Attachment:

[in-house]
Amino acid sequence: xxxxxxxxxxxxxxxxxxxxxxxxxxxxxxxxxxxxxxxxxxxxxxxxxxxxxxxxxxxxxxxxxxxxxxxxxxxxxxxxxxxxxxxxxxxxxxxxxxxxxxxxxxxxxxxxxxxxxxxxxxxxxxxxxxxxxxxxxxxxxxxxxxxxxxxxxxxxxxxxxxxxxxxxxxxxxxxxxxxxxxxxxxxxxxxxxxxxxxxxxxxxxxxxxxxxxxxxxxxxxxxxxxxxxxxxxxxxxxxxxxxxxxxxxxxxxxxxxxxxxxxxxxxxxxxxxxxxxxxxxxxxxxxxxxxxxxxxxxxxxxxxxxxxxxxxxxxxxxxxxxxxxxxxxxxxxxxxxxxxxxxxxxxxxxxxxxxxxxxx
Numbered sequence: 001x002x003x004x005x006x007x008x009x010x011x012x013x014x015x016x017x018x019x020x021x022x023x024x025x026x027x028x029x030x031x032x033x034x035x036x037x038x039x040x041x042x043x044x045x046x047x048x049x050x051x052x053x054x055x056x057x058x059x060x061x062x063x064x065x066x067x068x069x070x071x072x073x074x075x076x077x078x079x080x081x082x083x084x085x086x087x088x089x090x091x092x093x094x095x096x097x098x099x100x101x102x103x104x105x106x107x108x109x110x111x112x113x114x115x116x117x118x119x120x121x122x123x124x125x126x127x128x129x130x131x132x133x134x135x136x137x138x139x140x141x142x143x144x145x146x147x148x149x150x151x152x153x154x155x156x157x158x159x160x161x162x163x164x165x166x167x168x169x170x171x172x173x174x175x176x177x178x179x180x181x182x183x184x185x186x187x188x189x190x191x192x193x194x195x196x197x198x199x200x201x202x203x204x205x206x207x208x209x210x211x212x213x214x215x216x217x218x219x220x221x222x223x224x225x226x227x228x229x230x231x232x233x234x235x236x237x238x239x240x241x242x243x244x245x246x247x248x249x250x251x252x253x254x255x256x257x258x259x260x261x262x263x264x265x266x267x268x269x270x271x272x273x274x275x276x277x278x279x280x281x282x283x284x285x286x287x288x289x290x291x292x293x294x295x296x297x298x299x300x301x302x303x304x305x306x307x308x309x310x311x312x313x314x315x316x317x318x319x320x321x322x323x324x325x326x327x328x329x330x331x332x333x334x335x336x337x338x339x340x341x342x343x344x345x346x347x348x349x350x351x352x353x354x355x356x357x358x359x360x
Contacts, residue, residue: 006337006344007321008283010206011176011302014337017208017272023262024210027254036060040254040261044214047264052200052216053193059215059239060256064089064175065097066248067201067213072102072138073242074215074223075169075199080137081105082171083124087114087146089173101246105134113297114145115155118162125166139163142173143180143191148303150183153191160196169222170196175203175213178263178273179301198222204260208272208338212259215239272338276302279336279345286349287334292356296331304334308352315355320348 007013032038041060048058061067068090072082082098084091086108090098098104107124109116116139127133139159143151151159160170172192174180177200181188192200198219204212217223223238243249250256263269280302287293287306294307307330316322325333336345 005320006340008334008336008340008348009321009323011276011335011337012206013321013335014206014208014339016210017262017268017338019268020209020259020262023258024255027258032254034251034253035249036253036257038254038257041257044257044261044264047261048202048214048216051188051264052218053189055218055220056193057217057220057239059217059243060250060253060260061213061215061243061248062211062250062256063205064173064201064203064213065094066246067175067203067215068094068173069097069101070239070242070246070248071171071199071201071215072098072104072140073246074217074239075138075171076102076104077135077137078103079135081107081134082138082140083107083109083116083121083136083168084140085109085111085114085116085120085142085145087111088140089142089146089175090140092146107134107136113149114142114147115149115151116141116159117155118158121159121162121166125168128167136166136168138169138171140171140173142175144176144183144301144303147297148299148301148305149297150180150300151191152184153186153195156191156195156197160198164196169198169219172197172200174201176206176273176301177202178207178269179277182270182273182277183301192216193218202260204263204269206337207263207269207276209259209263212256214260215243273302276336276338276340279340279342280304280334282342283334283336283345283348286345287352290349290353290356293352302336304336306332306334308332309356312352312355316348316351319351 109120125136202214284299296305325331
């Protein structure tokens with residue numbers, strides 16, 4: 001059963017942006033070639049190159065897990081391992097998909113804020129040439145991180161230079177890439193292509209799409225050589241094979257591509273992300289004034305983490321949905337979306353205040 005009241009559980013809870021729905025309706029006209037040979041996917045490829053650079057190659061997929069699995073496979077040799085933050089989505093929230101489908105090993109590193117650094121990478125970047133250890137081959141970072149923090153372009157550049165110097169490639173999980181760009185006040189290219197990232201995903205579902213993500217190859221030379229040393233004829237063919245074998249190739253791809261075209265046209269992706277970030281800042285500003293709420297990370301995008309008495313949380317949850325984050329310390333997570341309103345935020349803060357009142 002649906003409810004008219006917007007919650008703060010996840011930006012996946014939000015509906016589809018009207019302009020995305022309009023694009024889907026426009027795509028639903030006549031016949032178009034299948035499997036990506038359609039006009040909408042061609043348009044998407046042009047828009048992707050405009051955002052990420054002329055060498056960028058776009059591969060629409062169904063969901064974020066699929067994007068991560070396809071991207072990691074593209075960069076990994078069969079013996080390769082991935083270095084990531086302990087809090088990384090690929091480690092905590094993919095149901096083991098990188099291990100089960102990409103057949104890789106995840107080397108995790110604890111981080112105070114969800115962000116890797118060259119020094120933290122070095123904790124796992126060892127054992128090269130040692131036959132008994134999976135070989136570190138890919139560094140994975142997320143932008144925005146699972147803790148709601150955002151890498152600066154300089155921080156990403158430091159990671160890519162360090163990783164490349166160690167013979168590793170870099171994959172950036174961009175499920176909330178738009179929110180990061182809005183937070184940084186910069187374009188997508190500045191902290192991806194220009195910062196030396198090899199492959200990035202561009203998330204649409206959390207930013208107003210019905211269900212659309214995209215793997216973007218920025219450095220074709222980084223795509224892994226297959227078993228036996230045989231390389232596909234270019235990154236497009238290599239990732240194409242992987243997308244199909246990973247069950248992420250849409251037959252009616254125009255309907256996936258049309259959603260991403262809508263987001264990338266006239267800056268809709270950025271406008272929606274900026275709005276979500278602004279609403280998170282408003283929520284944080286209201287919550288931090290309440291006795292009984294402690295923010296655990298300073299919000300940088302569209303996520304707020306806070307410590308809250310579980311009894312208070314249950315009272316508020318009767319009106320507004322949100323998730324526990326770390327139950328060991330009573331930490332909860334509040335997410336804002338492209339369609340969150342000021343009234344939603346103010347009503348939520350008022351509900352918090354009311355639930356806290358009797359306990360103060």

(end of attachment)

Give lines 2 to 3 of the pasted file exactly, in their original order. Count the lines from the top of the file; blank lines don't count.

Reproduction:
Amino acid sequence: xxxxxxxxxxxxxxxxxxxxxxxxxxxxxxxxxxxxxxxxxxxxxxxxxxxxxxxxxxxxxxxxxxxxxxxxxxxxxxxxxxxxxxxxxxxxxxxxxxxxxxxxxxxxxxxxxxxxxxxxxxxxxxxxxxxxxxxxxxxxxxxxxxxxxxxxxxxxxxxxxxxxxxxxxxxxxxxxxxxxxxxxxxxxxxxxxxxxxxxxxxxxxxxxxxxxxxxxxxxxxxxxxxxxxxxxxxxxxxxxxxxxxxxxxxxxxxxxxxxxxxxxxxxxxxxxxxxxxxxxxxxxxxxxxxxxxxxxxxxxxxxxxxxxxxxxxxxxxxxxxxxxxxxxxxxxxxxxxxxxxxxxxxxxxxxxxxxxxxxx
Numbered sequence: 001x002x003x004x005x006x007x008x009x010x011x012x013x014x015x016x017x018x019x020x021x022x023x024x025x026x027x028x029x030x031x032x033x034x035x036x037x038x039x040x041x042x043x044x045x046x047x048x049x050x051x052x053x054x055x056x057x058x059x060x061x062x063x064x065x066x067x068x069x070x071x072x073x074x075x076x077x078x079x080x081x082x083x084x085x086x087x088x089x090x091x092x093x094x095x096x097x098x099x100x101x102x103x104x105x106x107x108x109x110x111x112x113x114x115x116x117x118x119x120x121x122x123x124x125x126x127x128x129x130x131x132x133x134x135x136x137x138x139x140x141x142x143x144x145x146x147x148x149x150x151x152x153x154x155x156x157x158x159x160x161x162x163x164x165x166x167x168x169x170x171x172x173x174x175x176x177x178x179x180x181x182x183x184x185x186x187x188x189x190x191x192x193x194x195x196x197x198x199x200x201x202x203x204x205x206x207x208x209x210x211x212x213x214x215x216x217x218x219x220x221x222x223x224x225x226x227x228x229x230x231x232x233x234x235x236x237x238x239x240x241x242x243x244x245x246x247x248x249x250x251x252x253x254x255x256x257x258x259x260x261x262x263x264x265x266x267x268x269x270x271x272x273x274x275x276x277x278x279x280x281x282x283x284x285x286x287x288x289x290x291x292x293x294x295x296x297x298x299x300x301x302x303x304x305x306x307x308x309x310x311x312x313x314x315x316x317x318x319x320x321x322x323x324x325x326x327x328x329x330x331x332x333x334x335x336x337x338x339x340x341x342x343x344x345x346x347x348x349x350x351x352x353x354x355x356x357x358x359x360x